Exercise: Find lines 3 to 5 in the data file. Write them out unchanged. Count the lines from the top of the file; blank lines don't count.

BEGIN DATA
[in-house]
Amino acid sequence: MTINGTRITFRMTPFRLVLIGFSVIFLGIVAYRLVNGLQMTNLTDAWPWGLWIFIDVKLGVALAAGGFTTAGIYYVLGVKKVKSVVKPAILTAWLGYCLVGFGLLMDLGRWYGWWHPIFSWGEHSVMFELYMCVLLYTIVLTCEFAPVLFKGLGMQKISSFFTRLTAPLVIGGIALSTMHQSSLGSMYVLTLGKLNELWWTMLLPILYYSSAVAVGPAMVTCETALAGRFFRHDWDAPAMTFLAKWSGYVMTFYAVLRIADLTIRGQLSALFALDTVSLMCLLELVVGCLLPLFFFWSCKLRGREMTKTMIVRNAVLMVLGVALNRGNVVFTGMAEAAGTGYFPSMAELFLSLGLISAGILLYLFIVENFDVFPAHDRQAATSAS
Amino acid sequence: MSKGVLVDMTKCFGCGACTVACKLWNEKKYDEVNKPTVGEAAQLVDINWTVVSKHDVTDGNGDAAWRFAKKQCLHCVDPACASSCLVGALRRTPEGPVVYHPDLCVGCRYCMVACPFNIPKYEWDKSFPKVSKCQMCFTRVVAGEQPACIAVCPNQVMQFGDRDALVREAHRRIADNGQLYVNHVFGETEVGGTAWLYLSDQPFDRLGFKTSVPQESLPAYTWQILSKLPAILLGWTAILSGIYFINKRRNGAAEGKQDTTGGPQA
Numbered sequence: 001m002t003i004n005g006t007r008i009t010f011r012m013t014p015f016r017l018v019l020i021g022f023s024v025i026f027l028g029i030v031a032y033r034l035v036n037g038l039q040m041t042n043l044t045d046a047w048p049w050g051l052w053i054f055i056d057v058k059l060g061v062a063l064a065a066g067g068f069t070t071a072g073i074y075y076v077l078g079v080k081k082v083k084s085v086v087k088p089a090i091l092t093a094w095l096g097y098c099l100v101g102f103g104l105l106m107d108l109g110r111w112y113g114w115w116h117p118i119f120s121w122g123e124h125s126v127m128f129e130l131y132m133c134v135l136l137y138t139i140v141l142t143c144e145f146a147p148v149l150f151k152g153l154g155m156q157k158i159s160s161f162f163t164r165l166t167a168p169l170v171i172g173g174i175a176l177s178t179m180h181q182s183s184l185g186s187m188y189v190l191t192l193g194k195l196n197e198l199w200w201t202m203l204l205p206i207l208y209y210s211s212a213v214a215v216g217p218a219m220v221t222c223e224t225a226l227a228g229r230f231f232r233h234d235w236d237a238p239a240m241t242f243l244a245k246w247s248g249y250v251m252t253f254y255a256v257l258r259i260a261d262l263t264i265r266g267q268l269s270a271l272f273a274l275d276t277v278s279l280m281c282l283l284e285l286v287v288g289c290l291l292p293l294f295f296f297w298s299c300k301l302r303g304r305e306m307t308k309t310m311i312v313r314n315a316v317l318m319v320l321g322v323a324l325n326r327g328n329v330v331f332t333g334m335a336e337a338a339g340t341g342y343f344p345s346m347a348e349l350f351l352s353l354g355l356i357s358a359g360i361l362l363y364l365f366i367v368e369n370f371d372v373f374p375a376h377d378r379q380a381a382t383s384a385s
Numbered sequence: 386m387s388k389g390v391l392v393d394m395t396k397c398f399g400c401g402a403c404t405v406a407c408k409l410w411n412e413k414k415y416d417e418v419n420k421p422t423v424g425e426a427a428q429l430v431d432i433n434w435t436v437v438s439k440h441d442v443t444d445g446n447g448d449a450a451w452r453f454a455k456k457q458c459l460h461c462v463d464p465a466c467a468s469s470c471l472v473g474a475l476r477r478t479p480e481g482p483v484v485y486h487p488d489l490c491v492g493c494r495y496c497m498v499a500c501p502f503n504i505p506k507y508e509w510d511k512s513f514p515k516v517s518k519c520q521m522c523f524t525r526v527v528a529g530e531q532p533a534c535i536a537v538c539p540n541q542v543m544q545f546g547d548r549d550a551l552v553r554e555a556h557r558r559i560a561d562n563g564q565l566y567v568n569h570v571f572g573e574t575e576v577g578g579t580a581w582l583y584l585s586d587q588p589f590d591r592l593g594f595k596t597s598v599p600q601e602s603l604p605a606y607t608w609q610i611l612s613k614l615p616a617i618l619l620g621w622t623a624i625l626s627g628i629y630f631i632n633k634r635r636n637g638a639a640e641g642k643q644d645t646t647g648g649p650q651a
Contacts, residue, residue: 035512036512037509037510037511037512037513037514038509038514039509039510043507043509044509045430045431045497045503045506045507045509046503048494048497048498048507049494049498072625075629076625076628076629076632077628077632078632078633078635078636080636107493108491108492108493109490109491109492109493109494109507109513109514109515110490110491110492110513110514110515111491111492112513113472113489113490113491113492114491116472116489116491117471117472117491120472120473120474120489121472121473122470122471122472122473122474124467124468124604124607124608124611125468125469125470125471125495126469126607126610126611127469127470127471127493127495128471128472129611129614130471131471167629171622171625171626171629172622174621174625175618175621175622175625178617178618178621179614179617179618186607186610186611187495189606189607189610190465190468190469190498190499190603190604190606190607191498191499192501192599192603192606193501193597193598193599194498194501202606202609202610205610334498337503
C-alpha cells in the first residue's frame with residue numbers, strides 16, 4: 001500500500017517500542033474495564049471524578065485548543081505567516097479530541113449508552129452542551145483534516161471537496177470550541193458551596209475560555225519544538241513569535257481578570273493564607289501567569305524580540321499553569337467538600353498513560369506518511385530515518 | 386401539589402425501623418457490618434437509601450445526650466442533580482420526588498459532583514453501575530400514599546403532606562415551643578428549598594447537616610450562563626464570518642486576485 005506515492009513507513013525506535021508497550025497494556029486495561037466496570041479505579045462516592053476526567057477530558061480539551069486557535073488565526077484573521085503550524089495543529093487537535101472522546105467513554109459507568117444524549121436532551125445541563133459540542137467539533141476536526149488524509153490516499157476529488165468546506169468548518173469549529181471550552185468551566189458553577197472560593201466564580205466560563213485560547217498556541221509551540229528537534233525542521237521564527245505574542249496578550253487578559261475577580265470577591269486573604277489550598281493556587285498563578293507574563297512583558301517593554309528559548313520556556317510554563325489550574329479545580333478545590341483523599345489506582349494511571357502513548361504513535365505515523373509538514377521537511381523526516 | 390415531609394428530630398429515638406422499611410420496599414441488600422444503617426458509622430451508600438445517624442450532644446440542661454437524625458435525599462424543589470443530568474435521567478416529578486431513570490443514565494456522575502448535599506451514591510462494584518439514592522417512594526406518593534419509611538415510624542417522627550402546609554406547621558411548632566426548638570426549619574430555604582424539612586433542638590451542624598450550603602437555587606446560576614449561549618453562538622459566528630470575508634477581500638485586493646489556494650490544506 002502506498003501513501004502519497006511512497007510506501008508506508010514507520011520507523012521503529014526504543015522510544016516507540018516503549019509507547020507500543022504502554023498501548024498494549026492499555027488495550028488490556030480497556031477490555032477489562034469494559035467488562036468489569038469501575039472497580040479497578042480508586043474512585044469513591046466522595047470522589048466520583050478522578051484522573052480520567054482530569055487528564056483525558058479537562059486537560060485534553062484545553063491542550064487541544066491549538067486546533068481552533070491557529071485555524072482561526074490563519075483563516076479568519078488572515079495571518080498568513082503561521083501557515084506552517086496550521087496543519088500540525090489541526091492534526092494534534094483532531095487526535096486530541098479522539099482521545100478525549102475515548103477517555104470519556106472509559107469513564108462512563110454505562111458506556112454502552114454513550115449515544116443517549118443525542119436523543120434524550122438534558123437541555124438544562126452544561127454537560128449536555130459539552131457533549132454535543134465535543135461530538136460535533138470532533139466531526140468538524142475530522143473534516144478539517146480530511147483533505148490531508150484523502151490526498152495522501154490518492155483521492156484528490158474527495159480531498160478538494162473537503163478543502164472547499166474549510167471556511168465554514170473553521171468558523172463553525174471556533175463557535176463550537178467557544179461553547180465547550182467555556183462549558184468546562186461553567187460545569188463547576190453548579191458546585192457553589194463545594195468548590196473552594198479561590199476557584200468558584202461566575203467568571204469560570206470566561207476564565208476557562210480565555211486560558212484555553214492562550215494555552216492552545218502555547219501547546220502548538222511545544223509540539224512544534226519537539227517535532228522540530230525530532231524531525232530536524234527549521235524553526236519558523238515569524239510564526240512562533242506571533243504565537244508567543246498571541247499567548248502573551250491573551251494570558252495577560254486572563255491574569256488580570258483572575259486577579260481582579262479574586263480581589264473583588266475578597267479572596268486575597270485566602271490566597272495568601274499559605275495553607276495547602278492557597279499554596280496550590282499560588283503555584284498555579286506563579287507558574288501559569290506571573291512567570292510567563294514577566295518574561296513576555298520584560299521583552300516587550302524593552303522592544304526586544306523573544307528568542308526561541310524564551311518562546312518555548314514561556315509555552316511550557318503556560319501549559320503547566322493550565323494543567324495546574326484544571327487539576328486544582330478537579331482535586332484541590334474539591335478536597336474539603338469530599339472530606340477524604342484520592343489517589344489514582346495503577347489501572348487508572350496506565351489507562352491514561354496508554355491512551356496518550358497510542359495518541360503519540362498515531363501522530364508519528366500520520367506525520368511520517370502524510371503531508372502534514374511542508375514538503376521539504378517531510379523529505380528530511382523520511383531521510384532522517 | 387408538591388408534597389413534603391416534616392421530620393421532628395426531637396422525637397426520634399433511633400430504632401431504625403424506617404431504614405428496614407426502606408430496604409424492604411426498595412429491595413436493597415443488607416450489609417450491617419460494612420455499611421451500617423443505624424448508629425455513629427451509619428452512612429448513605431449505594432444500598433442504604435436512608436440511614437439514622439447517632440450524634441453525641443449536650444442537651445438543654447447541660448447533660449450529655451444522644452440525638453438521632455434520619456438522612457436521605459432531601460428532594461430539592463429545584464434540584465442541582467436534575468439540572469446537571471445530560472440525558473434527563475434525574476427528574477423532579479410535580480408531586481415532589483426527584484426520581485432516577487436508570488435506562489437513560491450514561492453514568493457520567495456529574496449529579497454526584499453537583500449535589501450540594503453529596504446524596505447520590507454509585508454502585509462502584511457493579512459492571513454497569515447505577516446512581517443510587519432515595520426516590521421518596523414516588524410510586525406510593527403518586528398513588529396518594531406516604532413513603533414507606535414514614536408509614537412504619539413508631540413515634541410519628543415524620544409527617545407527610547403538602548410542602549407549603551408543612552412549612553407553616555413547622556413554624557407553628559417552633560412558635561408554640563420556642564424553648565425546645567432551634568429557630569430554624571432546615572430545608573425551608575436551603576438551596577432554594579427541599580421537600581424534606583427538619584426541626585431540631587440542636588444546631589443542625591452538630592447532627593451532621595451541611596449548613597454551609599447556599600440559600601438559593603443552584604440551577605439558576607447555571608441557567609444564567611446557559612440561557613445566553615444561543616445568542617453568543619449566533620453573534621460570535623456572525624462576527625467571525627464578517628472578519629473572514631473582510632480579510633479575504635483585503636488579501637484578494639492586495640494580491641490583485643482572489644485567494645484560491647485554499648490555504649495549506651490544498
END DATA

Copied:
Amino acid sequence: MSKGVLVDMTKCFGCGACTVACKLWNEKKYDEVNKPTVGEAAQLVDINWTVVSKHDVTDGNGDAAWRFAKKQCLHCVDPACASSCLVGALRRTPEGPVVYHPDLCVGCRYCMVACPFNIPKYEWDKSFPKVSKCQMCFTRVVAGEQPACIAVCPNQVMQFGDRDALVREAHRRIADNGQLYVNHVFGETEVGGTAWLYLSDQPFDRLGFKTSVPQESLPAYTWQILSKLPAILLGWTAILSGIYFINKRRNGAAEGKQDTTGGPQA
Numbered sequence: 001m002t003i004n005g006t007r008i009t010f011r012m013t014p015f016r017l018v019l020i021g022f023s024v025i026f027l028g029i030v031a032y033r034l035v036n037g038l039q040m041t042n043l044t045d046a047w048p049w050g051l052w053i054f055i056d057v058k059l060g061v062a063l064a065a066g067g068f069t070t071a072g073i074y075y076v077l078g079v080k081k082v083k084s085v086v087k088p089a090i091l092t093a094w095l096g097y098c099l100v101g102f103g104l105l106m107d108l109g110r111w112y113g114w115w116h117p118i119f120s121w122g123e124h125s126v127m128f129e130l131y132m133c134v135l136l137y138t139i140v141l142t143c144e145f146a147p148v149l150f151k152g153l154g155m156q157k158i159s160s161f162f163t164r165l166t167a168p169l170v171i172g173g174i175a176l177s178t179m180h181q182s183s184l185g186s187m188y189v190l191t192l193g194k195l196n197e198l199w200w201t202m203l204l205p206i207l208y209y210s211s212a213v214a215v216g217p218a219m220v221t222c223e224t225a226l227a228g229r230f231f232r233h234d235w236d237a238p239a240m241t242f243l244a245k246w247s248g249y250v251m252t253f254y255a256v257l258r259i260a261d262l263t264i265r266g267q268l269s270a271l272f273a274l275d276t277v278s279l280m281c282l283l284e285l286v287v288g289c290l291l292p293l294f295f296f297w298s299c300k301l302r303g304r305e306m307t308k309t310m311i312v313r314n315a316v317l318m319v320l321g322v323a324l325n326r327g328n329v330v331f332t333g334m335a336e337a338a339g340t341g342y343f344p345s346m347a348e349l350f351l352s353l354g355l356i357s358a359g360i361l362l363y364l365f366i367v368e369n370f371d372v373f374p375a376h377d378r379q380a381a382t383s384a385s
Numbered sequence: 386m387s388k389g390v391l392v393d394m395t396k397c398f399g400c401g402a403c404t405v406a407c408k409l410w411n412e413k414k415y416d417e418v419n420k421p422t423v424g425e426a427a428q429l430v431d432i433n434w435t436v437v438s439k440h441d442v443t444d445g446n447g448d449a450a451w452r453f454a455k456k457q458c459l460h461c462v463d464p465a466c467a468s469s470c471l472v473g474a475l476r477r478t479p480e481g482p483v484v485y486h487p488d489l490c491v492g493c494r495y496c497m498v499a500c501p502f503n504i505p506k507y508e509w510d511k512s513f514p515k516v517s518k519c520q521m522c523f524t525r526v527v528a529g530e531q532p533a534c535i536a537v538c539p540n541q542v543m544q545f546g547d548r549d550a551l552v553r554e555a556h557r558r559i560a561d562n563g564q565l566y567v568n569h570v571f572g573e574t575e576v577g578g579t580a581w582l583y584l585s586d587q588p589f590d591r592l593g594f595k596t597s598v599p600q601e602s603l604p605a606y607t608w609q610i611l612s613k614l615p616a617i618l619l620g621w622t623a624i625l626s627g628i629y630f631i632n633k634r635r636n637g638a639a640e641g642k643q644d645t646t647g648g649p650q651a